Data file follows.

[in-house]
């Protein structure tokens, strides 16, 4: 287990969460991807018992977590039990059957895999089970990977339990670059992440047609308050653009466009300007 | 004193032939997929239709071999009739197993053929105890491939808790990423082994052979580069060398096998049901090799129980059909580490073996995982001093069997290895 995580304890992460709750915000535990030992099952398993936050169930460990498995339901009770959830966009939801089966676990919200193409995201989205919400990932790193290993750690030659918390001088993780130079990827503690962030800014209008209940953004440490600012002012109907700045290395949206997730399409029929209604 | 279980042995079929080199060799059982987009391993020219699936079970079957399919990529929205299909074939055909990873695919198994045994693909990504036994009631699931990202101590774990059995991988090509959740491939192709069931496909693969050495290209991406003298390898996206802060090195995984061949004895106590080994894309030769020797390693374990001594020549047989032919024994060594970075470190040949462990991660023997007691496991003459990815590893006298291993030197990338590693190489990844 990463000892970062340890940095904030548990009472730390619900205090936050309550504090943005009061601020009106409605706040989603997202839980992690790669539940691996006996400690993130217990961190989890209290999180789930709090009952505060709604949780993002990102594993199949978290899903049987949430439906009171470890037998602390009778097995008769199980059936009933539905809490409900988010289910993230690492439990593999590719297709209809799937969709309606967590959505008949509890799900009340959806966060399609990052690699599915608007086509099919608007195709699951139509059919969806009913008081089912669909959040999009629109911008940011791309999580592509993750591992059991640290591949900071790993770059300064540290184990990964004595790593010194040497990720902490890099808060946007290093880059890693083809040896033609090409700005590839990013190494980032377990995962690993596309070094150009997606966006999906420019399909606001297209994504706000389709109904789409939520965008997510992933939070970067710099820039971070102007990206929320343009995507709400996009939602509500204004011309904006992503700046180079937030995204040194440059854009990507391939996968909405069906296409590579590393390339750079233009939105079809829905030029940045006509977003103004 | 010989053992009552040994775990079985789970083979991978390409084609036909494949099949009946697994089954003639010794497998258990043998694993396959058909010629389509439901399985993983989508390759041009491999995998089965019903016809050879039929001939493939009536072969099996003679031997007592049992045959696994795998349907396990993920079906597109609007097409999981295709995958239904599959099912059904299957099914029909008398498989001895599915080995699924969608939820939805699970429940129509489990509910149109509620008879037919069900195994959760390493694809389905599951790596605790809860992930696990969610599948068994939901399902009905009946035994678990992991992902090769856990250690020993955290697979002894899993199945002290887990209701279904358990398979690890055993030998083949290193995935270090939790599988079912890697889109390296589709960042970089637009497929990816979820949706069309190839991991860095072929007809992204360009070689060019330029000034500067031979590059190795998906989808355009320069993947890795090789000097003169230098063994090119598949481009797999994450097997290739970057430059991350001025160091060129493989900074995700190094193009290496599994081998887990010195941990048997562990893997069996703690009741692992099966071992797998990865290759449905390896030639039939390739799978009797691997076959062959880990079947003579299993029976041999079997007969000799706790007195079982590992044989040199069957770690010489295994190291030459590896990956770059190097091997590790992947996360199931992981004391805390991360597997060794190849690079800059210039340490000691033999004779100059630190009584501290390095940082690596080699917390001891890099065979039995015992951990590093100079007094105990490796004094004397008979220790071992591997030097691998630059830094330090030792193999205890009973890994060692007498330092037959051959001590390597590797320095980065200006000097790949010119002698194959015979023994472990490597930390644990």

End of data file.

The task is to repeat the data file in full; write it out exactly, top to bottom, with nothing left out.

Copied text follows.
[in-house]
């Protein structure tokens, strides 16, 4: 287990969460991807018992977590039990059957895999089970990977339990670059992440047609308050653009466009300007 | 004193032939997929239709071999009739197993053929105890491939808790990423082994052979580069060398096998049901090799129980059909580490073996995982001093069997290895 995580304890992460709750915000535990030992099952398993936050169930460990498995339901009770959830966009939801089966676990919200193409995201989205919400990932790193290993750690030659918390001088993780130079990827503690962030800014209008209940953004440490600012002012109907700045290395949206997730399409029929209604 | 279980042995079929080199060799059982987009391993020219699936079970079957399919990529929205299909074939055909990873695919198994045994693909990504036994009631699931990202101590774990059995991988090509959740491939192709069931496909693969050495290209991406003298390898996206802060090195995984061949004895106590080994894309030769020797390693374990001594020549047989032919024994060594970075470190040949462990991660023997007691496991003459990815590893006298291993030197990338590693190489990844 990463000892970062340890940095904030548990009472730390619900205090936050309550504090943005009061601020009106409605706040989603997202839980992690790669539940691996006996400690993130217990961190989890209290999180789930709090009952505060709604949780993002990102594993199949978290899903049987949430439906009171470890037998602390009778097995008769199980059936009933539905809490409900988010289910993230690492439990593999590719297709209809799937969709309606967590959505008949509890799900009340959806966060399609990052690699599915608007086509099919608007195709699951139509059919969806009913008081089912669909959040999009629109911008940011791309999580592509993750591992059991640290591949900071790993770059300064540290184990990964004595790593010194040497990720902490890099808060946007290093880059890693083809040896033609090409700005590839990013190494980032377990995962690993596309070094150009997606966006999906420019399909606001297209994504706000389709109904789409939520965008997510992933939070970067710099820039971070102007990206929320343009995507709400996009939602509500204004011309904006992503700046180079937030995204040194440059854009990507391939996968909405069906296409590579590393390339750079233009939105079809829905030029940045006509977003103004 | 010989053992009552040994775990079985789970083979991978390409084609036909494949099949009946697994089954003639010794497998258990043998694993396959058909010629389509439901399985993983989508390759041009491999995998089965019903016809050879039929001939493939009536072969099996003679031997007592049992045959696994795998349907396990993920079906597109609007097409999981295709995958239904599959099912059904299957099914029909008398498989001895599915080995699924969608939820939805699970429940129509489990509910149109509620008879037919069900195994959760390493694809389905599951790596605790809860992930696990969610599948068994939901399902009905009946035994678990992991992902090769856990250690020993955290697979002894899993199945002290887990209701279904358990398979690890055993030998083949290193995935270090939790599988079912890697889109390296589709960042970089637009497929990816979820949706069309190839991991860095072929007809992204360009070689060019330029000034500067031979590059190795998906989808355009320069993947890795090789000097003169230098063994090119598949481009797999994450097997290739970057430059991350001025160091060129493989900074995700190094193009290496599994081998887990010195941990048997562990893997069996703690009741692992099966071992797998990865290759449905390896030639039939390739799978009797691997076959062959880990079947003579299993029976041999079997007969000799706790007195079982590992044989040199069957770690010489295994190291030459590896990956770059190097091997590790992947996360199931992981004391805390991360597997060794190849690079800059210039340490000691033999004779100059630190009584501290390095940082690596080699917390001891890099065979039995015992951990590093100079007094105990490796004094004397008979220790071992591997030097691998630059830094330090030792193999205890009973890994060692007498330092037959051959001590390597590797320095980065200006000097790949010119002698194959015979023994472990490597930390644990």